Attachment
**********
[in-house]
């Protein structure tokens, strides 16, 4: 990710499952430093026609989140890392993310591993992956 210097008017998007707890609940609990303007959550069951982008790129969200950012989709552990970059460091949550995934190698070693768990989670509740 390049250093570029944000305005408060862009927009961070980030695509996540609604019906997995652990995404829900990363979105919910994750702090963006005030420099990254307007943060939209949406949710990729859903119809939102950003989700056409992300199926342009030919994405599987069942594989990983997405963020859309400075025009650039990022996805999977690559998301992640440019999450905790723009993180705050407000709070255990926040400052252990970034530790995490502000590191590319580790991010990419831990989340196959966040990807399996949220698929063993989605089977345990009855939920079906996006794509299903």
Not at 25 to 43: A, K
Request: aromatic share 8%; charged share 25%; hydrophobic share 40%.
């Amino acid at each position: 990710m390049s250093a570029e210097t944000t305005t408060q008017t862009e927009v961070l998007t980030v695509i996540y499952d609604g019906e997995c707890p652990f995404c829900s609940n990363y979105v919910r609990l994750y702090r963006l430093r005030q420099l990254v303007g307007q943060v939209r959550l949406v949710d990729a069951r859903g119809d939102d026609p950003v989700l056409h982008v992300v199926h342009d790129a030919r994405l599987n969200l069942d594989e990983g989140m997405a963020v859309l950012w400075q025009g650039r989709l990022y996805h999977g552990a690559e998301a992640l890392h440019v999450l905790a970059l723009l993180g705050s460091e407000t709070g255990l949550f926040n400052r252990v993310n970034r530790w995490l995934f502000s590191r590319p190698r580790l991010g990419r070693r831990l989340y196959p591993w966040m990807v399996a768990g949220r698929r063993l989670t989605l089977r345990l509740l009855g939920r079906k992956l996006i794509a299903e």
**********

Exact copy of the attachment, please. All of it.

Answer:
[in-house]
């Protein structure tokens, strides 16, 4: 990710499952430093026609989140890392993310591993992956 210097008017998007707890609940609990303007959550069951982008790129969200950012989709552990970059460091949550995934190698070693768990989670509740 390049250093570029944000305005408060862009927009961070980030695509996540609604019906997995652990995404829900990363979105919910994750702090963006005030420099990254307007943060939209949406949710990729859903119809939102950003989700056409992300199926342009030919994405599987069942594989990983997405963020859309400075025009650039990022996805999977690559998301992640440019999450905790723009993180705050407000709070255990926040400052252990970034530790995490502000590191590319580790991010990419831990989340196959966040990807399996949220698929063993989605089977345990009855939920079906996006794509299903």
Not at 25 to 43: A, K
Request: aromatic share 8%; charged share 25%; hydrophobic share 40%.
């Amino acid at each position: 990710m390049s250093a570029e210097t944000t305005t408060q008017t862009e927009v961070l998007t980030v695509i996540y499952d609604g019906e997995c707890p652990f995404c829900s609940n990363y979105v919910r609990l994750y702090r963006l430093r005030q420099l990254v303007g307007q943060v939209r959550l949406v949710d990729a069951r859903g119809d939102d026609p950003v989700l056409h982008v992300v199926h342009d790129a030919r994405l599987n969200l069942d594989e990983g989140m997405a963020v859309l950012w400075q025009g650039r989709l990022y996805h999977g552990a690559e998301a992640l890392h440019v999450l905790a970059l723009l993180g705050s460091e407000t709070g255990l949550f926040n400052r252990v993310n970034r530790w995490l995934f502000s590191r590319p190698r580790l991010g990419r070693r831990l989340y196959p591993w966040m990807v399996a768990g949220r698929r063993l989670t989605l089977r345990l509740l009855g939920r079906k992956l996006i794509a299903e």